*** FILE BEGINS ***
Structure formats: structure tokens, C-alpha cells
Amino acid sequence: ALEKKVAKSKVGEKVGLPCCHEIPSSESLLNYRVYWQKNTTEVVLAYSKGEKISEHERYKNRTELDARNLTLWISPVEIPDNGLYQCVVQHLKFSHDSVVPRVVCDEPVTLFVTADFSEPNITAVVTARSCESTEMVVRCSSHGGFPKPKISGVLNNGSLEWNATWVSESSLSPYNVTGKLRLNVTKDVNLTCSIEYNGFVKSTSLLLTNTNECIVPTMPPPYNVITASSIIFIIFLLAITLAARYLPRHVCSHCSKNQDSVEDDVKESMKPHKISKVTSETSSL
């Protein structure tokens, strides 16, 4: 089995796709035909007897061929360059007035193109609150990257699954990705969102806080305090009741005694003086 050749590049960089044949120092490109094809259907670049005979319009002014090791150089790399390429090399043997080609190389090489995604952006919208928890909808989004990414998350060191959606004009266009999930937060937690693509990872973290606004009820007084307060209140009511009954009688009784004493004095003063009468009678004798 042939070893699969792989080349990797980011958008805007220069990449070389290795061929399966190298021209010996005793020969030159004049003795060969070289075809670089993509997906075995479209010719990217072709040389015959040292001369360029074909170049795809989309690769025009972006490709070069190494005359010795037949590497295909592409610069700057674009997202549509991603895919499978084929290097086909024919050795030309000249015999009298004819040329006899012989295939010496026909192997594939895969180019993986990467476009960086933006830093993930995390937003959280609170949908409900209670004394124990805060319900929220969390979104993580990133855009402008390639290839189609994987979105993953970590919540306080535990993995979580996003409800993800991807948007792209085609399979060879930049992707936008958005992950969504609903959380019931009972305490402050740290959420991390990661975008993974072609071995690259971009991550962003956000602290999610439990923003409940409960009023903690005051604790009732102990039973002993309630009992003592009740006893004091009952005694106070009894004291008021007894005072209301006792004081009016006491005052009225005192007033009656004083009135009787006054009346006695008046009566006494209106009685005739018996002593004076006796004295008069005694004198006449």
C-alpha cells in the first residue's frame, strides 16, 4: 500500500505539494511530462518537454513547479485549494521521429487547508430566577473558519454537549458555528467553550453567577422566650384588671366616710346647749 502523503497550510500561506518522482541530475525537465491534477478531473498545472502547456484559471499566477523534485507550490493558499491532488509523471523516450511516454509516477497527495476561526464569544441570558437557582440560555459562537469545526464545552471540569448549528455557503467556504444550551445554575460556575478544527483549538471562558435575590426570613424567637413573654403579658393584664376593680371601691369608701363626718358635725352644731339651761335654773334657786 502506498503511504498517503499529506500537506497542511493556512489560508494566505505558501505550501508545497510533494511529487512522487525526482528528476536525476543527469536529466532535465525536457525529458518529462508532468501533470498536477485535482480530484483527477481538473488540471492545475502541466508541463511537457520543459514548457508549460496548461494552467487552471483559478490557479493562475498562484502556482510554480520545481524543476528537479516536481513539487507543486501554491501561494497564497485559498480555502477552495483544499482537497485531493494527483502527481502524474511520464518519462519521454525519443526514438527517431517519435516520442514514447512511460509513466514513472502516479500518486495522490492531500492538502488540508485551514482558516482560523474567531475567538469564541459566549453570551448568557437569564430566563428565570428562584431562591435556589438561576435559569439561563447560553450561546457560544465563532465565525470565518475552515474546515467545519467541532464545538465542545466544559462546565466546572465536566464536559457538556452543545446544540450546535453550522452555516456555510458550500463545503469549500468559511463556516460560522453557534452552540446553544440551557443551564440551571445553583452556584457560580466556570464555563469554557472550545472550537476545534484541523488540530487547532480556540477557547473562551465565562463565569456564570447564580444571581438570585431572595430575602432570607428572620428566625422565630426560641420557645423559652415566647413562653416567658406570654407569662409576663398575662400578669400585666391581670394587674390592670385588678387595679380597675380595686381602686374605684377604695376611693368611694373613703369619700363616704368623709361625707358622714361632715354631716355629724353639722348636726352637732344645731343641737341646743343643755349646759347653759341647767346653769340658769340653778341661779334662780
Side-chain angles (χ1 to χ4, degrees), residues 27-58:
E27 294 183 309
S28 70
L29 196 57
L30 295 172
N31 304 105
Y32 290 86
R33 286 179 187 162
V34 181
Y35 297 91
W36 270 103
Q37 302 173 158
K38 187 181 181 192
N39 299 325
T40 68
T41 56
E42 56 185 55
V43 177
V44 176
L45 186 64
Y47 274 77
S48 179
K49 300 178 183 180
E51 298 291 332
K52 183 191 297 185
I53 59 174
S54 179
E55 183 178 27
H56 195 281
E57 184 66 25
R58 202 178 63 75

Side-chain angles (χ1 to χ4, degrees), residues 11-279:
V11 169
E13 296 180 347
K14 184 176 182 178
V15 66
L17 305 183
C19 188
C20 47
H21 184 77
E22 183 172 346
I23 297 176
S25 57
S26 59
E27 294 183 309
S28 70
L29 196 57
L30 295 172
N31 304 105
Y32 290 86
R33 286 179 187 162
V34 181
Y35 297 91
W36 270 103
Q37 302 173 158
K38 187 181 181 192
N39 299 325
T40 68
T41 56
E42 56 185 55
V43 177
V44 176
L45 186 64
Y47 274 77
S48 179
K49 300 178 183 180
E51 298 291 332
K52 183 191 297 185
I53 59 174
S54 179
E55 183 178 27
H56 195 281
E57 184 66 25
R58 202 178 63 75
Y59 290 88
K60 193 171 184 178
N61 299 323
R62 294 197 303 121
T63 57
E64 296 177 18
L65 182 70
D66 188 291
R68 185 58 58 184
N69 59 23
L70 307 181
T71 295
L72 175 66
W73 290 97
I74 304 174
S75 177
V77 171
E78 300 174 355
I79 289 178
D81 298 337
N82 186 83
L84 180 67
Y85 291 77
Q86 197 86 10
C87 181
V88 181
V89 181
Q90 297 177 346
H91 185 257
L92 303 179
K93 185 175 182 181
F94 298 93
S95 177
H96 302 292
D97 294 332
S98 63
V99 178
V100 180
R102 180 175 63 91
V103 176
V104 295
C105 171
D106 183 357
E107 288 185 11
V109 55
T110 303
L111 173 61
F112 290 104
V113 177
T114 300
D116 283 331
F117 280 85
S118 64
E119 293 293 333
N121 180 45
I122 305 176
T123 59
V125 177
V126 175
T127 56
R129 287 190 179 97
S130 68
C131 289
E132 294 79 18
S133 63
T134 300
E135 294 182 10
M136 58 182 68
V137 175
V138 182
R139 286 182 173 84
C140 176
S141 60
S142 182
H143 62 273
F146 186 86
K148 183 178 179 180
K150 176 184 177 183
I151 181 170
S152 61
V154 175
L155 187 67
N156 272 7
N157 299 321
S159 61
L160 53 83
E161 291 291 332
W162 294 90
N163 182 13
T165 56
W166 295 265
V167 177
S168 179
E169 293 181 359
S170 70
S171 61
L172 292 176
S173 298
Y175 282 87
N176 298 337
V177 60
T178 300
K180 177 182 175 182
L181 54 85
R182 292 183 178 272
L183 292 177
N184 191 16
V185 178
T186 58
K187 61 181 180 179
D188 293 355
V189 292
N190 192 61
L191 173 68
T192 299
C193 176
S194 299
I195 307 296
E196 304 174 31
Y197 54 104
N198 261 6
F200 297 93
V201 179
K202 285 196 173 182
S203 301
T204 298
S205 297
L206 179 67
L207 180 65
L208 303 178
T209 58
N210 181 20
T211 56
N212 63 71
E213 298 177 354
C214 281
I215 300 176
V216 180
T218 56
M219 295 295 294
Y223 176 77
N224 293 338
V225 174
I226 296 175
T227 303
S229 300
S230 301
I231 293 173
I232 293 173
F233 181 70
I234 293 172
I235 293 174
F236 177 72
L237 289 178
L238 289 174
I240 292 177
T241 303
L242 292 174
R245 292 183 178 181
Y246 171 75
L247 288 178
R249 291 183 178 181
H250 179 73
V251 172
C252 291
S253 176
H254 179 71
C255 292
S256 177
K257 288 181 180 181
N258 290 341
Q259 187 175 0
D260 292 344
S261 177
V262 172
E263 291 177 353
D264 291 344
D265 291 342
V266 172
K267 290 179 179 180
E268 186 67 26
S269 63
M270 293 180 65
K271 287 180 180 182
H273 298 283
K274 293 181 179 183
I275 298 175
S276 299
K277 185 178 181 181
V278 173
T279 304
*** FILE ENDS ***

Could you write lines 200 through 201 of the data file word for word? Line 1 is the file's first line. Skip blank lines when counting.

F200 297 93
V201 179